The superseding indictment paints a vivid picture of how the money itself was allegedly embezzled. At the same time that he was directing these executives to make contributions in their own names, according to the indictment, S.B.F. provided them with loans from Alameda, drawing on money from customer accounts. (I am very interested in whether these loans were issued on a tit-for-tat, check-for-check arrangement, or whether the loans were more for generalized political activity. The indictment doesn’t say.) So even if the checks technically came from Singh or Salame, the money didn’t originate with them in practice.

In fact, according to prosecutors, these were not really loans at all, as there were no “term sheets, and there were no set interest rates, no interest payments, no collateral, and no evidence of repayment.” More remarkably, it appears that Alameda kept notes on the alleged criminal conspiracy: “An internal Alameda spreadsheet noted over $100 million in political contributions, even though FEC records reflect no political contributions by Alameda for the 2022 midterm elections to candidates or PACs.” Even if this was a rhetorical mistake, wherein the spreadsheet misattributed individual donations to the firm itself, it is nevertheless an unforced legal error of epic proportions.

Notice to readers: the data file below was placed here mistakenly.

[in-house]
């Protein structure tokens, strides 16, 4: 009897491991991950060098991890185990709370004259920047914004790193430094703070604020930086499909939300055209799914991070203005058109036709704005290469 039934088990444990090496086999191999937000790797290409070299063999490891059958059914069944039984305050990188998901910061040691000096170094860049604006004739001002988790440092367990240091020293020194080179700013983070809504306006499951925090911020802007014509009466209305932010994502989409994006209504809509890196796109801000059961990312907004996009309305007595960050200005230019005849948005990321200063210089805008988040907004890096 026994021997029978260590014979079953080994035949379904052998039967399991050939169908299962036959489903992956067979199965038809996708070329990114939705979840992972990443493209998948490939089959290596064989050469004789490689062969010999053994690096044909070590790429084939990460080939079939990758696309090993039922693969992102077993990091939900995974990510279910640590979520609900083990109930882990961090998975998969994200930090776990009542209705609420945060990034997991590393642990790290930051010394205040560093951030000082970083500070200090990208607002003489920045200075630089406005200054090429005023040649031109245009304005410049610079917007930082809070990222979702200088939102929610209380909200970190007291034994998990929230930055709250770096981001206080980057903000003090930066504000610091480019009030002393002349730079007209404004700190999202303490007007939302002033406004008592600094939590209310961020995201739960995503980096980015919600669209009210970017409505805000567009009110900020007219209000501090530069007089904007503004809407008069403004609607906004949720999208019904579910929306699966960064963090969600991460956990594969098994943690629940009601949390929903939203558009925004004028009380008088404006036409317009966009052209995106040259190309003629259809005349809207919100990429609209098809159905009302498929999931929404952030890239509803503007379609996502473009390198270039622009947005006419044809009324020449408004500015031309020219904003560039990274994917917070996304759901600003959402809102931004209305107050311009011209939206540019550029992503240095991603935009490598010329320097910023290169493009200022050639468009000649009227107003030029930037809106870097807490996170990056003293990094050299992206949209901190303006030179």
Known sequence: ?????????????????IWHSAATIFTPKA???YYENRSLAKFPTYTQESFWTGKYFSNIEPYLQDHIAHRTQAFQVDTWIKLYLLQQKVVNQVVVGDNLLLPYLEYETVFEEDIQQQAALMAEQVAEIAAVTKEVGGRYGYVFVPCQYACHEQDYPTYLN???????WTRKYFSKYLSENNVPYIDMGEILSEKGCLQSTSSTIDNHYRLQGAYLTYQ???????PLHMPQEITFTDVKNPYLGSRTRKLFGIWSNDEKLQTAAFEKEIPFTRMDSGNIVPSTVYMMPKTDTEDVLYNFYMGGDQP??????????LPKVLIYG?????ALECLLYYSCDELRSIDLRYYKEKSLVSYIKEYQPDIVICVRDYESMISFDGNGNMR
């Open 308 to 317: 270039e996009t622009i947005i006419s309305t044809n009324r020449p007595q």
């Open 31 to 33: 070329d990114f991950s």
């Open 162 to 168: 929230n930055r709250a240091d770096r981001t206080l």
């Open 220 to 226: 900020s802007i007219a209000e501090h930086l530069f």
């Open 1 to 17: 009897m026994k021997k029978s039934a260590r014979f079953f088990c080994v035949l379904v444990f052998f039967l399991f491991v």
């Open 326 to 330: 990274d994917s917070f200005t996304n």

While some people in S.B.F.’s orbit feared that prosecutors were focused on their coordination of political contributions—S.B.F. and his advisers did shepherd some of Singh and Salame’s donations, as I’ve reported before—that isn’t narrowly what appears to be under the microscope. Nor should it be: The advice of the unnamed S.B.F. consultant that Singh donate to “woke shit for transactional purposes,” for example, won’t shock anyone familiar with modern political fundraising. “That’s not the issue,” said one head of a major advocacy group. “The term ‘transactional’ will cost them a lot in legal fees, but also not inherently illegal.” After all, Washingtonians often make donations at the behest of some party leader that they otherwise would not have made—just wait until the Southern District hears about K Street’s lobbying strategy. Coordinated fundraising is not a straw-donor scheme.

As always, of course, the devil is in the details. If Sam really did reimburse executives directly with loans that they never paid back, siphoned from pools of customer deposits, then that’s something else entirely. “The politics for them are not the crime scene,” one S.B.F. political ally texted me after reading the indictment, succinctly, and maybe hopefully, capturing the legal state of play. “It’s the bank fraud.”